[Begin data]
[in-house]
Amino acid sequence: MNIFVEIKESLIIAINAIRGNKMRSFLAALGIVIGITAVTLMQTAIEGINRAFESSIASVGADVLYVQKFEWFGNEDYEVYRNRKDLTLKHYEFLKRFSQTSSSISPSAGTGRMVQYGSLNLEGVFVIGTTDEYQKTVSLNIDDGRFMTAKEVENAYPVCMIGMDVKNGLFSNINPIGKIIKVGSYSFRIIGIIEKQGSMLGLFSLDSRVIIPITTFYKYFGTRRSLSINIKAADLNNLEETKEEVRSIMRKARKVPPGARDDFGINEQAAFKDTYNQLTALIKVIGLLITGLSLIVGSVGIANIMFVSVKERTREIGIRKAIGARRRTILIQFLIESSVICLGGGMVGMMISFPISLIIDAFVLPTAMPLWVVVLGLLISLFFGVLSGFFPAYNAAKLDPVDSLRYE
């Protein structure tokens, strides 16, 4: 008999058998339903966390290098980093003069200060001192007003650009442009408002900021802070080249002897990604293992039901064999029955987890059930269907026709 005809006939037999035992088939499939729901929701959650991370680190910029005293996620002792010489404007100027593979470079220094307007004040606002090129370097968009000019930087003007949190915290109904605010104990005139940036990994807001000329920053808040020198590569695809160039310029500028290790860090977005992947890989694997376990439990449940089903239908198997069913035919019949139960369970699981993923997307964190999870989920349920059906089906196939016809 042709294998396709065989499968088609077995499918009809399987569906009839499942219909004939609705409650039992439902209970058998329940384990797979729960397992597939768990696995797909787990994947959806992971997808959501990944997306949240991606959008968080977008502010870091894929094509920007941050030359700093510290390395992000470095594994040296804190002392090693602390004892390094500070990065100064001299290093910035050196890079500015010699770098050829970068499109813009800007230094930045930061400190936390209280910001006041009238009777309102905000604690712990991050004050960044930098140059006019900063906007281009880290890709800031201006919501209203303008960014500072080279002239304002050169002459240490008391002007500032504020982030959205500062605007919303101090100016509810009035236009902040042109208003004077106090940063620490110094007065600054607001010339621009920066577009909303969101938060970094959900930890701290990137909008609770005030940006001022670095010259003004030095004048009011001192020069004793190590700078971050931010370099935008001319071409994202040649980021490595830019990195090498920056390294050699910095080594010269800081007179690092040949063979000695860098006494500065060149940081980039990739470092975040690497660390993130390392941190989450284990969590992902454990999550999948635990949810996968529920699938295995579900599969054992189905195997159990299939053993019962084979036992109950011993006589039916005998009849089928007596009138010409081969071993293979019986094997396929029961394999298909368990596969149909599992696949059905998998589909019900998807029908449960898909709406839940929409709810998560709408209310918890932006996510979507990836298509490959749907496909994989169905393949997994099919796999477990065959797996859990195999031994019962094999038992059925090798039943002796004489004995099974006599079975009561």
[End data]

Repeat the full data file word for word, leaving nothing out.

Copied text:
[in-house]
Amino acid sequence: MNIFVEIKESLIIAINAIRGNKMRSFLAALGIVIGITAVTLMQTAIEGINRAFESSIASVGADVLYVQKFEWFGNEDYEVYRNRKDLTLKHYEFLKRFSQTSSSISPSAGTGRMVQYGSLNLEGVFVIGTTDEYQKTVSLNIDDGRFMTAKEVENAYPVCMIGMDVKNGLFSNINPIGKIIKVGSYSFRIIGIIEKQGSMLGLFSLDSRVIIPITTFYKYFGTRRSLSINIKAADLNNLEETKEEVRSIMRKARKVPPGARDDFGINEQAAFKDTYNQLTALIKVIGLLITGLSLIVGSVGIANIMFVSVKERTREIGIRKAIGARRRTILIQFLIESSVICLGGGMVGMMISFPISLIIDAFVLPTAMPLWVVVLGLLISLFFGVLSGFFPAYNAAKLDPVDSLRYE
């Protein structure tokens, strides 16, 4: 008999058998339903966390290098980093003069200060001192007003650009442009408002900021802070080249002897990604293992039901064999029955987890059930269907026709 005809006939037999035992088939499939729901929701959650991370680190910029005293996620002792010489404007100027593979470079220094307007004040606002090129370097968009000019930087003007949190915290109904605010104990005139940036990994807001000329920053808040020198590569695809160039310029500028290790860090977005992947890989694997376990439990449940089903239908198997069913035919019949139960369970699981993923997307964190999870989920349920059906089906196939016809 042709294998396709065989499968088609077995499918009809399987569906009839499942219909004939609705409650039992439902209970058998329940384990797979729960397992597939768990696995797909787990994947959806992971997808959501990944997306949240991606959008968080977008502010870091894929094509920007941050030359700093510290390395992000470095594994040296804190002392090693602390004892390094500070990065100064001299290093910035050196890079500015010699770098050829970068499109813009800007230094930045930061400190936390209280910001006041009238009777309102905000604690712990991050004050960044930098140059006019900063906007281009880290890709800031201006919501209203303008960014500072080279002239304002050169002459240490008391002007500032504020982030959205500062605007919303101090100016509810009035236009902040042109208003004077106090940063620490110094007065600054607001010339621009920066577009909303969101938060970094959900930890701290990137909008609770005030940006001022670095010259003004030095004048009011001192020069004793190590700078971050931010370099935008001319071409994202040649980021490595830019990195090498920056390294050699910095080594010269800081007179690092040949063979000695860098006494500065060149940081980039990739470092975040690497660390993130390392941190989450284990969590992902454990999550999948635990949810996968529920699938295995579900599969054992189905195997159990299939053993019962084979036992109950011993006589039916005998009849089928007596009138010409081969071993293979019986094997396929029961394999298909368990596969149909599992696949059905998998589909019900998807029908449960898909709406839940929409709810998560709408209310918890932006996510979507990836298509490959749907496909994989169905393949997994099919796999477990065959797996859990195999031994019962094999038992059925090798039943002796004489004995099974006599079975009561």